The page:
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Vital Pulp Therapy

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Vital Pulp Therapy
Vital Pulp Therapy
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Vital Pulp Therapy

  2. 2. Physical / Chemical / Thermal injuries Dental Caries Pulpal Irritation Inflammation Reversible Irreversible Vital Pulp Therapy Repair Pulp Necrosis
  3. 3. Vital pulp therapy is defined as a treatment initiated to preserve and maintain pulp tissue in a healthy state → tissue that has been compromised by caries, trauma or restorative procedures.
  4. 4. OBJECTIVE REPARATIVE → DENTIN STIMULATE THE FORMATION OF TO RETAIN THE TOOTH AS FUNCTIONAL UNIT VITAL PULP THERAPY → Capacity of the pulp for repair in the absence of microbial contamination A
  5. 5. Outcome of Vital Pulp Therapy will depend on:  Age of the patient  Size of the pulp chamber  Bacterial contamination  The pulp capping material  Quality of final restoration
  6. 6. Most important aspects for the Vital Pulp Therapy are  Diagnosis of pulpal condition  Case selection
  7. 7. According to the American Academy of Pediatric Dentistry: “ Teeth exhibiting provoked pain of short duration, that is relieved upon the removal of the stimulus, with analgesics, or by brushing , without signs and symptoms of irreversible pulpitis are candidates for Vital pulp Therapy
  8. 8. Primary Goals of Vital Pulp Therapy  Dentin bridge formation  Continuation of root development :
  10. 10. VITAL PULP THERAPY  Includes:  Indirect Pulp Capping  Direct Pulp Capping  Pulpotomy  Apexification
  11. 11. INDIRECT PULP CAPPING A procedure in which a material is placed on a thin partition of remaining carious dentin, that if removed, may expose the pulp  Indirect pulp capping – stepwise excavation of caries  Indirect pulp capping without re-entry and further excavation
  12. 12. Stepwise excavation of caries : Technique in which caries is removed in increments in two or three appointments over a few months to a year rather than removing the caries in one sitting [ in deep carious lesions ] Each time caries is removed Glass ionomer base is placed which may contribute to mineralization, followed by a well sealing temporary restoration
  13. 13.  The deeper affected but not infected dentin may remineralize and tertiary dentin may form  Case selection : No signs or symptoms of irreversible pulpitis  Periodic follow up • Radiographs and • Pulp testing
  14. 14. TECHNIQUE  Local Anesthesia  Rubber dam isolation to keep bacterial count as low as possible  Removal of as much caries as leaving a thin layer of affected dentin to permit placement of a temporary restoration  Large round bur less likely to cause accidental exposure than spoon excavator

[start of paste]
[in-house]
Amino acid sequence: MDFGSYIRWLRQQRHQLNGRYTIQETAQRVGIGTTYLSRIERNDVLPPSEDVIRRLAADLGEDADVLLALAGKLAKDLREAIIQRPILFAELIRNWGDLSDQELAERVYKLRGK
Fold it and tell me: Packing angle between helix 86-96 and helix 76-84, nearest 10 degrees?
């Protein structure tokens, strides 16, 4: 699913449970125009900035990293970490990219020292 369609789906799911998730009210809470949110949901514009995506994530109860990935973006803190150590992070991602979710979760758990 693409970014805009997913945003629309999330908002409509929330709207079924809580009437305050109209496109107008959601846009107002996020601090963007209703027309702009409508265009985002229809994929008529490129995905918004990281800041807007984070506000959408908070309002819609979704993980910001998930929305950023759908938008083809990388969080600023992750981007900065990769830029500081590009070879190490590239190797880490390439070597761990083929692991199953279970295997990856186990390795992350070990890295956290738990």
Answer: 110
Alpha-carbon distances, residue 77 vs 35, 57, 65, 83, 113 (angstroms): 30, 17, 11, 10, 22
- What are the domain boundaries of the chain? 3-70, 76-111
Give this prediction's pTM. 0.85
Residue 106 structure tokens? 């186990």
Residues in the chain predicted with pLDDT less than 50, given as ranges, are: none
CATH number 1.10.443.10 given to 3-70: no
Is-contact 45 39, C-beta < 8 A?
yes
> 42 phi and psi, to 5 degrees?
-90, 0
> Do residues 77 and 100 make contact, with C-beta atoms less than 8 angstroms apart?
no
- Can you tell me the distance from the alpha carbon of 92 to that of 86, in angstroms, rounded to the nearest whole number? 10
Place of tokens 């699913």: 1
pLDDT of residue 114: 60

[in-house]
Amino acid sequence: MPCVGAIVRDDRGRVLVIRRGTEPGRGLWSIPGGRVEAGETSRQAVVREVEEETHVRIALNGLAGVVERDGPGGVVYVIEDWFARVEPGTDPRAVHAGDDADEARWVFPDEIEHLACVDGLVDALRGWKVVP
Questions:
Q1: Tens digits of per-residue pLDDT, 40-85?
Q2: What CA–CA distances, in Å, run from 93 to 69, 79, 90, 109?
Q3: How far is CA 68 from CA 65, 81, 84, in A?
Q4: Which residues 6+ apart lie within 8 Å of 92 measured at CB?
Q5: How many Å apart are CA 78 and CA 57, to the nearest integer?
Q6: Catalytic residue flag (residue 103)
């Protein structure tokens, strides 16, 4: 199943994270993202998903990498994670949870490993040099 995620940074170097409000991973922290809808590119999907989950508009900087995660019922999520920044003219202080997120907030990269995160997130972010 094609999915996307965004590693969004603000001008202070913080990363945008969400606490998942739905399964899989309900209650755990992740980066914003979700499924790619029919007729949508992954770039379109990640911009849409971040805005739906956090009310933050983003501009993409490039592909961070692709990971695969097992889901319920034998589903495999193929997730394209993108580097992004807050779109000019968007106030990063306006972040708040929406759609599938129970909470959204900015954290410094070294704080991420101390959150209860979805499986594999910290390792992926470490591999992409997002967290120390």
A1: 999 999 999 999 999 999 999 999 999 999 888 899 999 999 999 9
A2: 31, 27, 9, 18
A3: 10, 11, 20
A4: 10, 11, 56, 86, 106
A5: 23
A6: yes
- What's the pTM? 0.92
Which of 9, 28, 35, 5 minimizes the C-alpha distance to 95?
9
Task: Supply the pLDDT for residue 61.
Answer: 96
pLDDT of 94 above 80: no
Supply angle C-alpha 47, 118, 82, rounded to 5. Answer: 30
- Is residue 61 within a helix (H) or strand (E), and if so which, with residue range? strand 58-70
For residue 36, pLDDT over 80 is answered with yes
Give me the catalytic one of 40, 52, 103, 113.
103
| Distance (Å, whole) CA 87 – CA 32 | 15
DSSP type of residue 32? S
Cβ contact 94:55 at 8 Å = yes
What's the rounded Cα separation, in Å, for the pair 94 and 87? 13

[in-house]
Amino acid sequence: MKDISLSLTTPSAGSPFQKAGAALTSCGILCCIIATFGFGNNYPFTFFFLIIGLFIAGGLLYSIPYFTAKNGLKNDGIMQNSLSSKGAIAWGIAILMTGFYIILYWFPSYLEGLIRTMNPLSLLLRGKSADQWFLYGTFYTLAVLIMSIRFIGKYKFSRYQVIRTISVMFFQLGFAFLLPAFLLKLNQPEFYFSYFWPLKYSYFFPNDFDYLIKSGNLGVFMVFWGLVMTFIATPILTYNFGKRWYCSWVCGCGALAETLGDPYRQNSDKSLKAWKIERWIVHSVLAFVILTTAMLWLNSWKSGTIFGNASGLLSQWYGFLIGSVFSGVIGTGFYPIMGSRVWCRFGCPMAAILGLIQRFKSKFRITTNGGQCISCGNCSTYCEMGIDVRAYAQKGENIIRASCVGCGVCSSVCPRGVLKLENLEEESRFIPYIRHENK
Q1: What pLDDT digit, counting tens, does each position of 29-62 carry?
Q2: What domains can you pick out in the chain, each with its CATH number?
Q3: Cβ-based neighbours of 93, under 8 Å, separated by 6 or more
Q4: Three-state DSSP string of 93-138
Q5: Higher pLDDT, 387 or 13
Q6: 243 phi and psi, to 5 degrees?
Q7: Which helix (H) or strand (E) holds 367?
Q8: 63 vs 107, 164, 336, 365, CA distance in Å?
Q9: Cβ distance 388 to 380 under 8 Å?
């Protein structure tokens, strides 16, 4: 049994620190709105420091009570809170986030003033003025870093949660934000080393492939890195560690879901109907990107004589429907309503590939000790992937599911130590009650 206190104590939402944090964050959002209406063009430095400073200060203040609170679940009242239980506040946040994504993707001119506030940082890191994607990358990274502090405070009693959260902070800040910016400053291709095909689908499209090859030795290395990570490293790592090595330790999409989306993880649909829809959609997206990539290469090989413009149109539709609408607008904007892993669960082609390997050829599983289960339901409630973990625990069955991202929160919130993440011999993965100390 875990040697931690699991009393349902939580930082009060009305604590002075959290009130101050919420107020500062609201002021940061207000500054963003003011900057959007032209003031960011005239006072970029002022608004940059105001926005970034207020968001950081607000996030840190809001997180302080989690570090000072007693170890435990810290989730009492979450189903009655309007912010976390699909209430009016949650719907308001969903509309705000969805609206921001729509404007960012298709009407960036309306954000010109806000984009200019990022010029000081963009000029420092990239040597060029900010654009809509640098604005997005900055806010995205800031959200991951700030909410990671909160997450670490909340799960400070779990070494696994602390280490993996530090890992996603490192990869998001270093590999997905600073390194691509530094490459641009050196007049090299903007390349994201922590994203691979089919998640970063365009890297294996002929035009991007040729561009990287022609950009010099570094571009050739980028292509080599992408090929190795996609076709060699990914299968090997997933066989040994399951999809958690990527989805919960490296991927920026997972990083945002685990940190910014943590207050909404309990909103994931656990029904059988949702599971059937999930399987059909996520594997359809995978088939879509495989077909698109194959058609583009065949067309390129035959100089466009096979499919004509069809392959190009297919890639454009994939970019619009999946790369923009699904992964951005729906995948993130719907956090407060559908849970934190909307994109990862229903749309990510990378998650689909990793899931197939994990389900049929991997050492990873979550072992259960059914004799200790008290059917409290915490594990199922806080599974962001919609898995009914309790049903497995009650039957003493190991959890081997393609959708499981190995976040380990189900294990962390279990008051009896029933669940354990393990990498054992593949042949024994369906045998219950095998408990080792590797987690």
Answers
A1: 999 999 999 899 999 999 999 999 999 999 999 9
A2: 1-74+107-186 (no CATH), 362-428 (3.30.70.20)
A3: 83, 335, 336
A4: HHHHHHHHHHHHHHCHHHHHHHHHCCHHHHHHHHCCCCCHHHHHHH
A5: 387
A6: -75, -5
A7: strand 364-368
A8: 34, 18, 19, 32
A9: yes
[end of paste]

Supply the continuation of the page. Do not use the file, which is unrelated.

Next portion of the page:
15. 15.  Place a layer of Glass ionomer [or calcium hydroxide] and restore the tooth with a provisional restoration  The seal provided by the restoration is very important  After 1-2 months remove the restoration and excavate the remaining caries.  If any exposure then – direct pulp capping Pulpotomy pulpectomy If no exposure - permanent restoration
  16. 16. Indirect pulp capping without re-entry and further excavation This is similar to stepwise excavation but differs in the sense that the innermost layer of carious dentin is deliberately and permanently left behind
  17. 17. DIRECT PULP CAPPING: The treatment of an exposed vital pulp by sealing the pulpal wound with a dental material placed directly on the exposure site to facilitate the formation of reparative dentin and maintenance of the vital pulp Exposure of the pulp may be due to  Traumatic exposure  Mechanical exposure  Caries removal
  18. 18.  Success rate for Mechanical exposure > Carious exposures Materials commonly used • • MTA [Mineral Trioxide Aggregate] Calcium hydroxide  These materials should be covered by a permanent restoration with a good marginal seal
  19. 19. Success of Direct pulp capping depends on Size of exposure Presence of good isolation Condition of the pulp Absence of symptoms Age of the patient Restorative material used
  20. 20. PULPOTOMY The pulpotomy procedure involves removing only part of the pulp, eliminating tissue that has inflammatory or degenerative changes and leaving intact the underlying healthy pulp tissue The surgical amputation of the coronal portion of an exposed pulp to protect and preserve the remaining radicular pulp’s vitality and function
  21. 21. Indications:  Exposed vital pulps in carious primary teeth  Exposed permanent vital pulps teeth (to in carious allow immature continued root development prior to NSRCT)  Traumatically exposed primary or permanent teeth [mature or immature]  As an emergency procedure prior to NSRCT